A study of military contractors who died on the job in Iraq suggests that contractors are more likely to be older white males, compared to the typical U.S. active duty service member.
Among those contractors who were previously deployed as service members, many are former officers and about half of them are Special Forces veterans. They are more likely to have a college degree than their active-duty counterparts, but less likely than their fellow veterans in the general population.
They come from parts of the U.S. or United Kingdom with higher unemployment rates and fewer job opportunities—not the areas with the strongest traditions for military service.
HOW CONTRACTORS DIED
What was it like to be a contractor in Iraq? From our sample of the corporate war dead, most of their deployments were short, between a week to a month. Many contractors treated it as a temporary job, taking a few tours.
Most of those in our sample worked in security, an especially dangerous job. Indeed, these contractors were more likely to be killed by enemy action than the American service members they worked alongside.
Private Military Contractors Employment
Of course, all of the members of our sample died. Contractors faced mortal peril in different places than service members. Many more of them died in Baghdad or on the roads than did at work or on a base.
This makes sense, considering that contractors that often lacked a protective umbrella of support from other units. If encountering unexpected threats, their support was less organized and effective. They were also routinely tasked with different types of missions: less combat work, and more logistics, maintenance, or security type work. These types of missions—for example, driving the supply trucks to and from a base—are less protected and have routines that can be detected by insurgents.
ENRICHING THE DEBATE
To make informed decisions about whether and how to privatize future military commitments, the public needs at least a general understanding of the people tasked with projecting American force abroad.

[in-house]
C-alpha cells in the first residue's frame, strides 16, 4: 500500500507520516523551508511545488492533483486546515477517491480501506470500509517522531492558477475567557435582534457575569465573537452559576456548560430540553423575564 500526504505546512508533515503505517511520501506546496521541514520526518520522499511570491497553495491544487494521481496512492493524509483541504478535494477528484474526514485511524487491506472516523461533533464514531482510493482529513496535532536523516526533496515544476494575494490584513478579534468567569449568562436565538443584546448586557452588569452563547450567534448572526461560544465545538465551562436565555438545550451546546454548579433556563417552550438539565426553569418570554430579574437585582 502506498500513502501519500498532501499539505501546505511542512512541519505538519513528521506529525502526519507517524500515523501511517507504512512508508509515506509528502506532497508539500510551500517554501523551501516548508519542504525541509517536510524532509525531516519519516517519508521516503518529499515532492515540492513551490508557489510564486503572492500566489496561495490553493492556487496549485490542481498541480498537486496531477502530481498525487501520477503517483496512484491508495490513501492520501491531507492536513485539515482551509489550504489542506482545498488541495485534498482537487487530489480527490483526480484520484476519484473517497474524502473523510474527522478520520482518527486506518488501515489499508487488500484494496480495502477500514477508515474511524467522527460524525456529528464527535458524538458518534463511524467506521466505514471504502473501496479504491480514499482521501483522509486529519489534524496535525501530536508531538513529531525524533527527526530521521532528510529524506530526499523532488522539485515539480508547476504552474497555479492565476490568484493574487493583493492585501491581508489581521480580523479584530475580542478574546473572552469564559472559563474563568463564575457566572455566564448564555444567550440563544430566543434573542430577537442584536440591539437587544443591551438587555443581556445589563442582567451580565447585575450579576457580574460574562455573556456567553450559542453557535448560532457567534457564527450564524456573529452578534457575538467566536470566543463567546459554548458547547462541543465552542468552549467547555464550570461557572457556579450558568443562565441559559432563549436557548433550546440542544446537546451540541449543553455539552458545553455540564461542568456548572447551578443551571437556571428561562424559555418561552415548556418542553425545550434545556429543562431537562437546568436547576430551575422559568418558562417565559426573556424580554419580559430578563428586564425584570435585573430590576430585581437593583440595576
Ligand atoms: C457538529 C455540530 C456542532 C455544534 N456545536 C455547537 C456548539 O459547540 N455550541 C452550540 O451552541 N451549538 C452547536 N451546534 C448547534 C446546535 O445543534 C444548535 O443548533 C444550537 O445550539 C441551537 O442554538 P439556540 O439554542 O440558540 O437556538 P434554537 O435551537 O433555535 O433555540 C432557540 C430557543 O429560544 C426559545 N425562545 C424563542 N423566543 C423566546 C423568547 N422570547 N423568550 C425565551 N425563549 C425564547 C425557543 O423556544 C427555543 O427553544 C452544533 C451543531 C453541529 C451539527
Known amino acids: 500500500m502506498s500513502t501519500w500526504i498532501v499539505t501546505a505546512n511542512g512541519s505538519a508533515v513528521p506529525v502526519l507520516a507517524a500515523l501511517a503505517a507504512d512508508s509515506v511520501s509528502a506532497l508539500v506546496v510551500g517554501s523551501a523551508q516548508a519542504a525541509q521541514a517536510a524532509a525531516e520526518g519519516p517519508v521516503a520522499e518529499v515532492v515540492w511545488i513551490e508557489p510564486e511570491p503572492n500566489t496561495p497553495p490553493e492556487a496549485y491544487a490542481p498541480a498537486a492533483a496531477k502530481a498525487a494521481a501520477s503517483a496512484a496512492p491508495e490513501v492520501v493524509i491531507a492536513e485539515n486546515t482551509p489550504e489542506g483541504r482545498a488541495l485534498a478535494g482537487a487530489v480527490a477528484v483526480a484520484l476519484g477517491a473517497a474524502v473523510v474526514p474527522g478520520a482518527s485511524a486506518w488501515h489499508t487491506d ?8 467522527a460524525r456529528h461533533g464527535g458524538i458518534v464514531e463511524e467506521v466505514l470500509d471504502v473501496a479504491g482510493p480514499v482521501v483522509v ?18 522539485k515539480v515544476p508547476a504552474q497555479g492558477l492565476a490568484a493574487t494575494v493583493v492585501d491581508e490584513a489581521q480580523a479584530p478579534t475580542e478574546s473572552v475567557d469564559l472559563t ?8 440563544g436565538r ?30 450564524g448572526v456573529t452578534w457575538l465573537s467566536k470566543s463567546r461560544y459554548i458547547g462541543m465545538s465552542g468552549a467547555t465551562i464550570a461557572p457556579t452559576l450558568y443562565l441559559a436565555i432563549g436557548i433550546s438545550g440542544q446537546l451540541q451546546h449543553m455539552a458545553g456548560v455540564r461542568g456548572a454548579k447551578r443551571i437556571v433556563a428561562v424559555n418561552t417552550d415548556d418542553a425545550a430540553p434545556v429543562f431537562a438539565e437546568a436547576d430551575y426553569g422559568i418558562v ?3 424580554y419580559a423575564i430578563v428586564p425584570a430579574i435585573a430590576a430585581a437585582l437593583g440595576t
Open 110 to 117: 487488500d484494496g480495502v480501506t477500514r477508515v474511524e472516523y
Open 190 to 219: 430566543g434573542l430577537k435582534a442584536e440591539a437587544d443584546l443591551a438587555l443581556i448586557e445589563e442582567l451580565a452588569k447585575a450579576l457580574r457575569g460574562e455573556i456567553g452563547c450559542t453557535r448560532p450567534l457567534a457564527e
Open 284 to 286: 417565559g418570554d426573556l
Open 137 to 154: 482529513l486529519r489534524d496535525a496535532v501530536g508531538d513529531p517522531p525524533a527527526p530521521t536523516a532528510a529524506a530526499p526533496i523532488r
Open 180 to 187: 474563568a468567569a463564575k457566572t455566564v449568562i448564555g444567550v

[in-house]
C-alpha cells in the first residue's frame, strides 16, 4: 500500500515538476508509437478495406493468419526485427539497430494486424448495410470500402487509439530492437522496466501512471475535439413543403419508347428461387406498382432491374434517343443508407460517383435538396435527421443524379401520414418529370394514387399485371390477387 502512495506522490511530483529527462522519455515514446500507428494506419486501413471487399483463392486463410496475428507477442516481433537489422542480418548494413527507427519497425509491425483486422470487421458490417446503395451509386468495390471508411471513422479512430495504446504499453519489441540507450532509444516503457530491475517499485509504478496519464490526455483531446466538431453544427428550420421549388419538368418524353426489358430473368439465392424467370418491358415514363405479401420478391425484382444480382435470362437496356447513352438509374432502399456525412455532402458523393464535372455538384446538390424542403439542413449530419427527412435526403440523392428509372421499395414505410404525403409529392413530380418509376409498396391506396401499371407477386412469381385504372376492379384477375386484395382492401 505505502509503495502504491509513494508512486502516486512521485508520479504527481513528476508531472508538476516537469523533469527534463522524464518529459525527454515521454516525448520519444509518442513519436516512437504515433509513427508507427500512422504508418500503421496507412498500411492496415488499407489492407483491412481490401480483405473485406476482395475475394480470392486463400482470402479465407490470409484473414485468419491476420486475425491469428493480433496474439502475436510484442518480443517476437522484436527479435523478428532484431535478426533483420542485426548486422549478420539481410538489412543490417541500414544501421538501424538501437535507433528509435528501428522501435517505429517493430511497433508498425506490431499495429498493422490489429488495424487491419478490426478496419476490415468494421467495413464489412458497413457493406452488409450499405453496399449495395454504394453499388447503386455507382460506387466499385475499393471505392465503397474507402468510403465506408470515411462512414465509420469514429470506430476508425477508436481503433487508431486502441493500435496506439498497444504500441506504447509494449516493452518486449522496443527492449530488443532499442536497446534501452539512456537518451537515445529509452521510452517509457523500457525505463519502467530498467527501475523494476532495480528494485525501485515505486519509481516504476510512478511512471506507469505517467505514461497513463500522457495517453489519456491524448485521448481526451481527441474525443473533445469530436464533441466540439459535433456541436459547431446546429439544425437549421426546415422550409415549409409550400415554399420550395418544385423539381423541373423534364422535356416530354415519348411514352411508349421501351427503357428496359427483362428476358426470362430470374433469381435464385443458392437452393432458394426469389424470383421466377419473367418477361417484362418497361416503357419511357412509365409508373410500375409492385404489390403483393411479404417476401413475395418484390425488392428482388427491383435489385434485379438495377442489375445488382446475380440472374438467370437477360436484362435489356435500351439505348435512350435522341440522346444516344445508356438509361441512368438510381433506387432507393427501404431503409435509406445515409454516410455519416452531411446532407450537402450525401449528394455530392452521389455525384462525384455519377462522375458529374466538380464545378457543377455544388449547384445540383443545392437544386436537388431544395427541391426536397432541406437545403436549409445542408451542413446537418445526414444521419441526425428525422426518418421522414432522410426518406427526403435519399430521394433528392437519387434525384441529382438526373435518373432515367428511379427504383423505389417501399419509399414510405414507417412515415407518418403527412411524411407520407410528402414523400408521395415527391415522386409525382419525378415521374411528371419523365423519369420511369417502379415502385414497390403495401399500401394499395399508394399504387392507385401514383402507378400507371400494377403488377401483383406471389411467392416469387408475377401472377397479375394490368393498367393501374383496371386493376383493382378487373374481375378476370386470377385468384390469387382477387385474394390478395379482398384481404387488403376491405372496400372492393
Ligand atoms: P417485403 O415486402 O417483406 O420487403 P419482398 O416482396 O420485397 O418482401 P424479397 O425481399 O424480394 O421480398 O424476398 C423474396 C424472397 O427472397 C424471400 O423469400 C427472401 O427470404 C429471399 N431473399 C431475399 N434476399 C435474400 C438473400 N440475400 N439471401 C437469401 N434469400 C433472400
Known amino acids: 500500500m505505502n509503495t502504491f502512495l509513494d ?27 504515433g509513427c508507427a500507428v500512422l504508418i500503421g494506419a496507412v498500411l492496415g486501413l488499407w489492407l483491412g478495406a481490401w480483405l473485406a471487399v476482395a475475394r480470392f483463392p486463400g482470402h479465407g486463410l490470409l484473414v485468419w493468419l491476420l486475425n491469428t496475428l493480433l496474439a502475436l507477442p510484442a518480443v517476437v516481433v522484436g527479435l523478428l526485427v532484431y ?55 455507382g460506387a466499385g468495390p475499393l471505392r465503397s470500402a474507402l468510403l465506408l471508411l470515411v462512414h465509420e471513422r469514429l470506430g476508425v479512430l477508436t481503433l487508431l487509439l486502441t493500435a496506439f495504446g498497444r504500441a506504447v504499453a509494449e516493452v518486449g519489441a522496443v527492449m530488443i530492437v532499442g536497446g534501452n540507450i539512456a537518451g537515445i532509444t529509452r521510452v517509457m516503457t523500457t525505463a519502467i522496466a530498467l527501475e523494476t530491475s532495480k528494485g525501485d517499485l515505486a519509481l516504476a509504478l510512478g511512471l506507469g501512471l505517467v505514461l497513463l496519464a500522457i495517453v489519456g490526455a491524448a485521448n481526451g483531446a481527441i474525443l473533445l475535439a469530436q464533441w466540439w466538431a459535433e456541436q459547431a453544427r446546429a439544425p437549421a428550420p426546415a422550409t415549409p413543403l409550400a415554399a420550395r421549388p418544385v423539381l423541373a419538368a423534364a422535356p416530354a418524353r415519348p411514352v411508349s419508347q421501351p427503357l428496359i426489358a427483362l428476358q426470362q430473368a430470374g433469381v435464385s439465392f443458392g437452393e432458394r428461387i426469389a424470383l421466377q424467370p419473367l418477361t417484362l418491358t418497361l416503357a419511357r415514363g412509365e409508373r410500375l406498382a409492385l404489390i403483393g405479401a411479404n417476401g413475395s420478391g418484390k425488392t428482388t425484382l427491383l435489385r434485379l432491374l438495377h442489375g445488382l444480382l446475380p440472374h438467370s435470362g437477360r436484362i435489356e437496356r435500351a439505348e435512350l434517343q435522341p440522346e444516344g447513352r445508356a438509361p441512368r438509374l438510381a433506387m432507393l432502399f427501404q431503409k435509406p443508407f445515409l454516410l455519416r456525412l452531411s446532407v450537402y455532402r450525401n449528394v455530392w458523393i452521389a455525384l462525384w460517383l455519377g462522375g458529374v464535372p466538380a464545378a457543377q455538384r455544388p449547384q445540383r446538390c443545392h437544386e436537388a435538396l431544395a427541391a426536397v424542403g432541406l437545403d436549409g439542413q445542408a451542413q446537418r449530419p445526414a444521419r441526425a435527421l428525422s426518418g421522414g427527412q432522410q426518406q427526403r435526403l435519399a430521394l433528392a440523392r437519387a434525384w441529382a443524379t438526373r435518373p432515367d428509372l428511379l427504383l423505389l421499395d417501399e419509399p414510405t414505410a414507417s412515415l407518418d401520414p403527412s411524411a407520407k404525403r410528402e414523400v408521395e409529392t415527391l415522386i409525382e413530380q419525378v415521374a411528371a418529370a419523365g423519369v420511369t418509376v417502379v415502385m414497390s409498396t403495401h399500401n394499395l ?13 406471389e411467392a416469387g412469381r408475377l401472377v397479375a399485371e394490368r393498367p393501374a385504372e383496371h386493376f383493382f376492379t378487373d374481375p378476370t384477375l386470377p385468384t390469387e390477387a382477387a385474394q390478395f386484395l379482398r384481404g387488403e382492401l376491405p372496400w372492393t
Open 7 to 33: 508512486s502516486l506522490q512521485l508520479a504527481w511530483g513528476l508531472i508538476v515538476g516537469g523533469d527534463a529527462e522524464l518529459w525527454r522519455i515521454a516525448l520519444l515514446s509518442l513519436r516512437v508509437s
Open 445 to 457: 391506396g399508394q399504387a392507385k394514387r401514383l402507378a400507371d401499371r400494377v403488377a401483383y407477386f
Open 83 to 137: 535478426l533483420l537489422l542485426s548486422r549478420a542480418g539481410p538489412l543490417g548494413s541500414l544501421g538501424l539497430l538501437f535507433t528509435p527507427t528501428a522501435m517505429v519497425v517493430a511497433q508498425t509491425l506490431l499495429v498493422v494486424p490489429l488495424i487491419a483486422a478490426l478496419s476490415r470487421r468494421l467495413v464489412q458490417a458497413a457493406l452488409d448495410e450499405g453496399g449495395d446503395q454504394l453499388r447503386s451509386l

The corporate war dead of future conflicts will almost certainly include Americans who previously served their country honorably in uniform. Their lives should be viewed as no more expendable as contractors than as soldiers, sailors, airmen, or Marines.
Our contribution to the ongoing debate on contractors is important, but modest. Our sample represents less than a quarter of the private military contractors' total population. The public still knows almost nothing about military contractors or the organizations they are affiliated with.
Contractors' variation in experience, training, and capabilities is broad and not well understood. Most contractors are not Westerners, but rather third country nationals, recruits from Iraq and Afghanistan. Many others are veterans from other countries, such as Peru, Colombia, Fiji, and Uganda. Some bring less institutional experience, as the industry recruits former child soldiers from Sierra Leone and ex-guerrilla fighters from the FARC.
Some very big questions still lack any answer at all. Are contractors better or worse than service members in achieving a country's political ends abroad? Is the U.S. using them effectively, making the most of what they do offer and mitigating those areas where they fall short? What are the unintended consequences of reliance on contractors in terms of human rights, legal complication, mismanagement, and accountability?
Private military and security companies do not have real incentive to share this data, but the public interest is clear: The public needs it.
Ori Swed studies world polities and organizations in the context of peace and conflict. Thomas Crosbie studies power in democracies, particularly its concentration in the military and other state institutions.